Feeds

Senate votes to continue FISA domestic spying through 2017

All proposed privacy amendments rejected

Next gen security for virtualised datacentres

The US Senate has voted by overwhelming majority to extend the provisions of the FISA Amendments Act of 2008 – the controversial law that grants intelligence agencies broad authority to spy on US citizens – for another five years.

The law, which was first passed in the wake of the Bush-era warrantless wiretapping scandal, grants telecoms companies blanket immunity from prosecution for participating in domestic surveillance.

In addition, it specifically authorizes intelligence agencies to monitor the phone, email, and other communications of US citizens for up to a week without obtaining a warrant, provided one of the parties to the communications is outside the US.

Critics of the act claim it violates Fourth Amendment protections against unreasonable search and seizure, but the Obama administration has argued that the law "is necessary to keep the American people safe."

"Intelligence collection under [the act] has produced and continues to produce significant information that is vital to defend the Nation against international terrorism and other threats," the administration said in a policy statement in September.

As originally drafted, the law would have expired on Monday, but on Friday the Senate elected to extend it through 2017 by a vote of 73–23, with four abstentions.

Several proposed amendments to the bill would have offered increased transparency and added privacy protections, but all were rejected in the Senate vote.

Civil rights organizations were quick to blast the vote, characterizing the FISA Amendments Act as an unconstitutional law that grants the government excessive and unchecked surveillance authority.

In a statement, the Electronic Frontier Foundation called the vote "shameful" and "disgraceful," adding, "Make no mistake: this vote was nothing less than abdication by Congress of its role as watchdog over Executive power, and a failure of its independent obligation to protect the Bill of Rights."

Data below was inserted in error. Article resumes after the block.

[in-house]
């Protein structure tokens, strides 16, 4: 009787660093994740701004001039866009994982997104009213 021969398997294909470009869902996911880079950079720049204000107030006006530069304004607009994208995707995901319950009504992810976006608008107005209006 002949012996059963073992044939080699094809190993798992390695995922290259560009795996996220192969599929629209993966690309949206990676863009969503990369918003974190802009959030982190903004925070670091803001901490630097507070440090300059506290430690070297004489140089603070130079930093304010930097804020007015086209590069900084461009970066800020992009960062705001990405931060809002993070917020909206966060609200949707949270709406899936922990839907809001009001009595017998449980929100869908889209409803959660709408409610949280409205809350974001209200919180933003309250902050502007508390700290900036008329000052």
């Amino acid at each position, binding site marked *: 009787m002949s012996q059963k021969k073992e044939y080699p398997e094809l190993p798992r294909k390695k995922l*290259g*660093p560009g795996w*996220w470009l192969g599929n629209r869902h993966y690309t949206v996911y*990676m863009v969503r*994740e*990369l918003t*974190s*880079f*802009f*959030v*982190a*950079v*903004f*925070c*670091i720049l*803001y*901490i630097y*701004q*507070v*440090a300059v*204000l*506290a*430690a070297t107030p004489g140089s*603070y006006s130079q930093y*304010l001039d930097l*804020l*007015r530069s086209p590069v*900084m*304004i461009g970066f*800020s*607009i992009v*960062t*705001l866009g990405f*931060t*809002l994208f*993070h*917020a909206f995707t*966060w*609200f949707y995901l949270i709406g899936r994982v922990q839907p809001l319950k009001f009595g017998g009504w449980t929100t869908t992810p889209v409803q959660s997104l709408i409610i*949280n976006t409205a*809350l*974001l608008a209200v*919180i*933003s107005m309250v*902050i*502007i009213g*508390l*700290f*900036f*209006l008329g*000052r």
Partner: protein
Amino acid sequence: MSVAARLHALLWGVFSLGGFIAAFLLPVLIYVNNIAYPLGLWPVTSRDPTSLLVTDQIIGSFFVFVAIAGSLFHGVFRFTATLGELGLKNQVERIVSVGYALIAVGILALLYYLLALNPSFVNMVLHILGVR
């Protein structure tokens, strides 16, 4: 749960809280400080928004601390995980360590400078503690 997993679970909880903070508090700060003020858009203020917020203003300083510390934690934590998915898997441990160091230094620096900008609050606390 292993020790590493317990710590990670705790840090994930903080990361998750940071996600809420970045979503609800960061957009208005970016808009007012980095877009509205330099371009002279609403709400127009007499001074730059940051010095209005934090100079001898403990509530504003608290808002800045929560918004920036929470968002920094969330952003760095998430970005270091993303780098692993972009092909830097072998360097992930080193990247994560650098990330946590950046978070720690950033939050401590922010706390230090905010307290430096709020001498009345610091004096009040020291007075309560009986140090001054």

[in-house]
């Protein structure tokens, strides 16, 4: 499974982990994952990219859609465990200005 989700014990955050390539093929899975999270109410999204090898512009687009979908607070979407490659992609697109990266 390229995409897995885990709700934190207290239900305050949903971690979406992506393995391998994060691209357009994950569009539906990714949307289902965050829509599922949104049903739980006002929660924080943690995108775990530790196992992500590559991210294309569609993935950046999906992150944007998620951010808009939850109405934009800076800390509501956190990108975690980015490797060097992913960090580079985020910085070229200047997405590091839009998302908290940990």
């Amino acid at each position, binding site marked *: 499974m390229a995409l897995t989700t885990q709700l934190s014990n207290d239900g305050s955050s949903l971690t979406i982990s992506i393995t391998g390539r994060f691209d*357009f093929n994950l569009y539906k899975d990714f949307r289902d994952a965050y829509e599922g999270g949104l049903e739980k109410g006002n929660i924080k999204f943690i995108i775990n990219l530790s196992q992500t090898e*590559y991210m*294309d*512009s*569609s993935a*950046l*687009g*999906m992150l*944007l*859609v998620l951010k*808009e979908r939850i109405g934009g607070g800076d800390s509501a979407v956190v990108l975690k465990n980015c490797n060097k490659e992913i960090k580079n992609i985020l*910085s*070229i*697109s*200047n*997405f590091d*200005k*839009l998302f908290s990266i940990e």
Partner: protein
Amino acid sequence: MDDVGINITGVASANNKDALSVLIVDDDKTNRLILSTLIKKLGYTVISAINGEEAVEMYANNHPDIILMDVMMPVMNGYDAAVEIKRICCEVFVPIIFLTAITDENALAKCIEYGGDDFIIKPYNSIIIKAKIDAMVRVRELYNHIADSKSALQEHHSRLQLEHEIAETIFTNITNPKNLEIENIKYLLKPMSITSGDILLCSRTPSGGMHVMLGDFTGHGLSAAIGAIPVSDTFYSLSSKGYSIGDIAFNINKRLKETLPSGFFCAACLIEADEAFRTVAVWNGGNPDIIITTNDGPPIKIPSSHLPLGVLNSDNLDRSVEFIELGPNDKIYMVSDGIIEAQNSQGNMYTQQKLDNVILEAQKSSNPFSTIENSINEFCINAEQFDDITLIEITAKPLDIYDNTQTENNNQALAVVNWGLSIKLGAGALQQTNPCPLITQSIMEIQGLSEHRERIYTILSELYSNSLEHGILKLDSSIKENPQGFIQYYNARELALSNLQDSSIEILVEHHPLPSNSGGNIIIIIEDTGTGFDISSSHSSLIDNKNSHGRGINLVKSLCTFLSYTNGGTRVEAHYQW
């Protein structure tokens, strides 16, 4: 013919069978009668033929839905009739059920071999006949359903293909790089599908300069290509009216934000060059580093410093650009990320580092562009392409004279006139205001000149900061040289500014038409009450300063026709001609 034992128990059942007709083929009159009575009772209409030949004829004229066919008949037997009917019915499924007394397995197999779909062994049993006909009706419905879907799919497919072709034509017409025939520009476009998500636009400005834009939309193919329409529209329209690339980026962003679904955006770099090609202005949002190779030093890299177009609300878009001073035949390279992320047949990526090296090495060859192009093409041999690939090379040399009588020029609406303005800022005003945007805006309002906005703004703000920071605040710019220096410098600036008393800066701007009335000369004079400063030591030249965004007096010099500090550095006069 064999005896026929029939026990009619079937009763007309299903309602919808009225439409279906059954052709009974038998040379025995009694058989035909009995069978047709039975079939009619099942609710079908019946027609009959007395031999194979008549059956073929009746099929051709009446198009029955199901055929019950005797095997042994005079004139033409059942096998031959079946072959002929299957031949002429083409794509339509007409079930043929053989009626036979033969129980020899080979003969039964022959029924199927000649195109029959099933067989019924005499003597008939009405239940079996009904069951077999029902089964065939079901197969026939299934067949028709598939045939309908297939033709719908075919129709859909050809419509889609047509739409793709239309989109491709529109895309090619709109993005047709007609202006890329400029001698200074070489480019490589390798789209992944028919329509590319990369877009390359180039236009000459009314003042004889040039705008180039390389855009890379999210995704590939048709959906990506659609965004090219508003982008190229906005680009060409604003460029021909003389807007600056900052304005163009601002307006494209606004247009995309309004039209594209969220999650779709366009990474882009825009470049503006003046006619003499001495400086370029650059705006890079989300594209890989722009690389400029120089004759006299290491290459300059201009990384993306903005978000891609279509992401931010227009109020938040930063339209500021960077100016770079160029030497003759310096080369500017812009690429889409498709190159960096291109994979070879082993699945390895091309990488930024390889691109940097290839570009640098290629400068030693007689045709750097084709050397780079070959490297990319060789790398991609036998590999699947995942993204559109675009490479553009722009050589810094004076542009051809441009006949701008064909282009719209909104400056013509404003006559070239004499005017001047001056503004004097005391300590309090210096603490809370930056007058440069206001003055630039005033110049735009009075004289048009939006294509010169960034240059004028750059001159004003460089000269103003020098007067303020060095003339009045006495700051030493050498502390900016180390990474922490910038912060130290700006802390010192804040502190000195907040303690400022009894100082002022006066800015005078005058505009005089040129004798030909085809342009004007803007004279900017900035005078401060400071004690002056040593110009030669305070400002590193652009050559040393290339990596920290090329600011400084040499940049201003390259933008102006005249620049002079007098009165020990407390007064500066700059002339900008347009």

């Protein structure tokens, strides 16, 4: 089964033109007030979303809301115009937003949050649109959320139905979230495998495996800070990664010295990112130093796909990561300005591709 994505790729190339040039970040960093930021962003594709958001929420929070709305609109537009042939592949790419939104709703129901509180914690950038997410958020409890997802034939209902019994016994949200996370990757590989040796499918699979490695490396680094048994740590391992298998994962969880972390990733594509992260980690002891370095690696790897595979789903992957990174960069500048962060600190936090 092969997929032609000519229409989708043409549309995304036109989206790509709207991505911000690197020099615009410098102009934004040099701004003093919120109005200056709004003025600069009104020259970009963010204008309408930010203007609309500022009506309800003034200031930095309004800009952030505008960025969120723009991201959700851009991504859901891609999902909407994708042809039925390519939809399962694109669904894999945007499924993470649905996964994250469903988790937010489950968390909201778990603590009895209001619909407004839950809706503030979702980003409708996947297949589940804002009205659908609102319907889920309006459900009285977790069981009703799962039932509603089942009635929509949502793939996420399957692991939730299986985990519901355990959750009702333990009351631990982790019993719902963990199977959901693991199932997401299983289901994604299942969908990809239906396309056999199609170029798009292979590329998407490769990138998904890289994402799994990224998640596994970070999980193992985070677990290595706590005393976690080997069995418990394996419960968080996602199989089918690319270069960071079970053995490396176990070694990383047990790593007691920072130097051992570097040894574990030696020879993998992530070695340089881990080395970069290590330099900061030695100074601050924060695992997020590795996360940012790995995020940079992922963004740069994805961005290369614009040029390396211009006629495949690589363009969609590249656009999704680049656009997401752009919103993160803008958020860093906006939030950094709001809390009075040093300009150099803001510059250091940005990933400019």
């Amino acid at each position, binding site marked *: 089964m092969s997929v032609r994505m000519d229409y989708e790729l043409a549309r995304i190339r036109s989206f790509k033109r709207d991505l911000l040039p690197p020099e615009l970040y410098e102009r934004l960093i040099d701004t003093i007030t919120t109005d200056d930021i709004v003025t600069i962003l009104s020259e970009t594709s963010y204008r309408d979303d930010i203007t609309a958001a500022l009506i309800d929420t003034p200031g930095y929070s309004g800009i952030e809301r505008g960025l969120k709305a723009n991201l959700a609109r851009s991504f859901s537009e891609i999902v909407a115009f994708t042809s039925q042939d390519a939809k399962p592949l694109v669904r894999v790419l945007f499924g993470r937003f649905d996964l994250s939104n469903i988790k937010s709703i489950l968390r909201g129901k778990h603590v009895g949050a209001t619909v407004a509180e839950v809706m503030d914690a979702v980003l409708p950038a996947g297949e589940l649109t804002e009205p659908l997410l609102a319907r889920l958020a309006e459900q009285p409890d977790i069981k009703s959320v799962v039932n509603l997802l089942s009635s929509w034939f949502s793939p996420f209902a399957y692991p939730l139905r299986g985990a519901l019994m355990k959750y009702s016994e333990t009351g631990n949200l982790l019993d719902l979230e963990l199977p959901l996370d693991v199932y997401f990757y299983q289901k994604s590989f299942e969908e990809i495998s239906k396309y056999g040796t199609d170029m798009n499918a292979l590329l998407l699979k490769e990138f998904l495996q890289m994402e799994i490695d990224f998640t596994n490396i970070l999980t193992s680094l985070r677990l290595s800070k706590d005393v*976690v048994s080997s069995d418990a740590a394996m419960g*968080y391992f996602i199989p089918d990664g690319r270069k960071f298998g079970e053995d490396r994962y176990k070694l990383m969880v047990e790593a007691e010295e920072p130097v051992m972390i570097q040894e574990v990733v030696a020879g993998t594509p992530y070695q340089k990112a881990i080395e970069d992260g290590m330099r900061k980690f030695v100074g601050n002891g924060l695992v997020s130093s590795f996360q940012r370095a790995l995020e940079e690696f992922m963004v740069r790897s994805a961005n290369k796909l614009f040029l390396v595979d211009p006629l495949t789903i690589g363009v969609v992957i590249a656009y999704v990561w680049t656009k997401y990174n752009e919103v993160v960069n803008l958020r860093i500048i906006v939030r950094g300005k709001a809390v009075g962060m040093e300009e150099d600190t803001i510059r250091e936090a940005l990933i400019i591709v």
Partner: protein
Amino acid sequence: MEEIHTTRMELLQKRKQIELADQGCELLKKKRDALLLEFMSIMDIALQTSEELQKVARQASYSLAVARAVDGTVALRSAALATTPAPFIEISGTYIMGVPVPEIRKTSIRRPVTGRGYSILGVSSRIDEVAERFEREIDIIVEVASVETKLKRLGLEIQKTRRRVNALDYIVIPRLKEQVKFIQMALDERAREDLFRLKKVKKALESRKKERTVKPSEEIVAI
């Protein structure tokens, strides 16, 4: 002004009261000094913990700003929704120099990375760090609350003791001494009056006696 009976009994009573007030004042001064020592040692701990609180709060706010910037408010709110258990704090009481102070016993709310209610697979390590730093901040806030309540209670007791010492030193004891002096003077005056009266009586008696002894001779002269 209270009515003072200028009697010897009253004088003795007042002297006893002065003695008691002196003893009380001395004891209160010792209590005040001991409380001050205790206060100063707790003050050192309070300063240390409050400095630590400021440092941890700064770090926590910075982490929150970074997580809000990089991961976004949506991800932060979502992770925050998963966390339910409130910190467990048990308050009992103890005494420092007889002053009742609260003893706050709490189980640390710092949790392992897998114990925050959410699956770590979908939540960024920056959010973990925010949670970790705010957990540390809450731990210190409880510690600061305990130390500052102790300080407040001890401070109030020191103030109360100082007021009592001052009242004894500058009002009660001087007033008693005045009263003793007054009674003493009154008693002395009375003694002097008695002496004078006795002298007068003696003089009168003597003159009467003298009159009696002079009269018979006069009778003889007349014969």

The American Civil Liberties Union also chimed in, saying, "It's a tragic irony that FISA, once passed to protect Americans from warrantless government surveillance, has mutated into its polar opposite due to the FISA Amendments Act. The Bush administration's program of warrantless wiretapping, once considered a radical threat to the Fourth Amendment, has become institutionalized for another five years."

Despite such objections, however, the extension is now all but a done deal. The House passed it in September by a similarly wide margin of 301–118, leaving it only for President Obama to sign it into law, which he is expected to do over the weekend. ®

Secure remote control for conventional and virtual desktops

More from The Register

next story
Munich considers dumping Linux for ... GULP ... Windows!
Give a penguinista a hug, the Outlook's not good for open source's poster child
UK fuzz want PINCODES on ALL mobile phones
Met Police calls for mandatory passwords on all new mobes
e-Borders fiasco: Brits stung for £224m after US IT giant sues UK govt
Defeat to Raytheon branded 'catastrophic result'
Yes, but what are your plans if a DRAGON attacks?
Local UK gov outs most ridiculous FoI requests...
Detroit losing MILLIONS because it buys CHEAP BATTERIES – report
Man at hardware store was right: name brands DO last longer
Snowden on NSA's MonsterMind TERROR: It may trigger cyberwar
Plus: Syria's internet going down? That was a US cock-up
UK government accused of hiding TRUTH about Universal Credit fiasco
'Reset rating keeps secrets on one-dole-to-rule-them-all plan', say MPs
Caught red-handed: UK cops, PCSOs, specials behaving badly… on social media
No Mr Fuzz, don't ask a crime victim to be your pal on Facebook
EU justice chief blasts Google on 'right to be forgotten'
Don't pretend it's a freedom of speech issue – interim commish
prev story

Whitepapers

Endpoint data privacy in the cloud is easier than you think
Innovations in encryption and storage resolve issues of data privacy and key requirements for companies to look for in a solution.
Implementing global e-invoicing with guaranteed legal certainty
Explaining the role local tax compliance plays in successful supply chain management and e-business and how leading global brands are addressing this.
Top 8 considerations to enable and simplify mobility
In this whitepaper learn how to successfully add mobile capabilities simply and cost effectively.
Solving today's distributed Big Data backup challenges
Enable IT efficiency and allow a firm to access and reuse corporate information for competitive advantage, ultimately changing business outcomes.
Reg Reader Research: SaaS based Email and Office Productivity Tools
Read this Reg reader report which provides advice and guidance for SMBs towards the use of SaaS based email and Office productivity tools.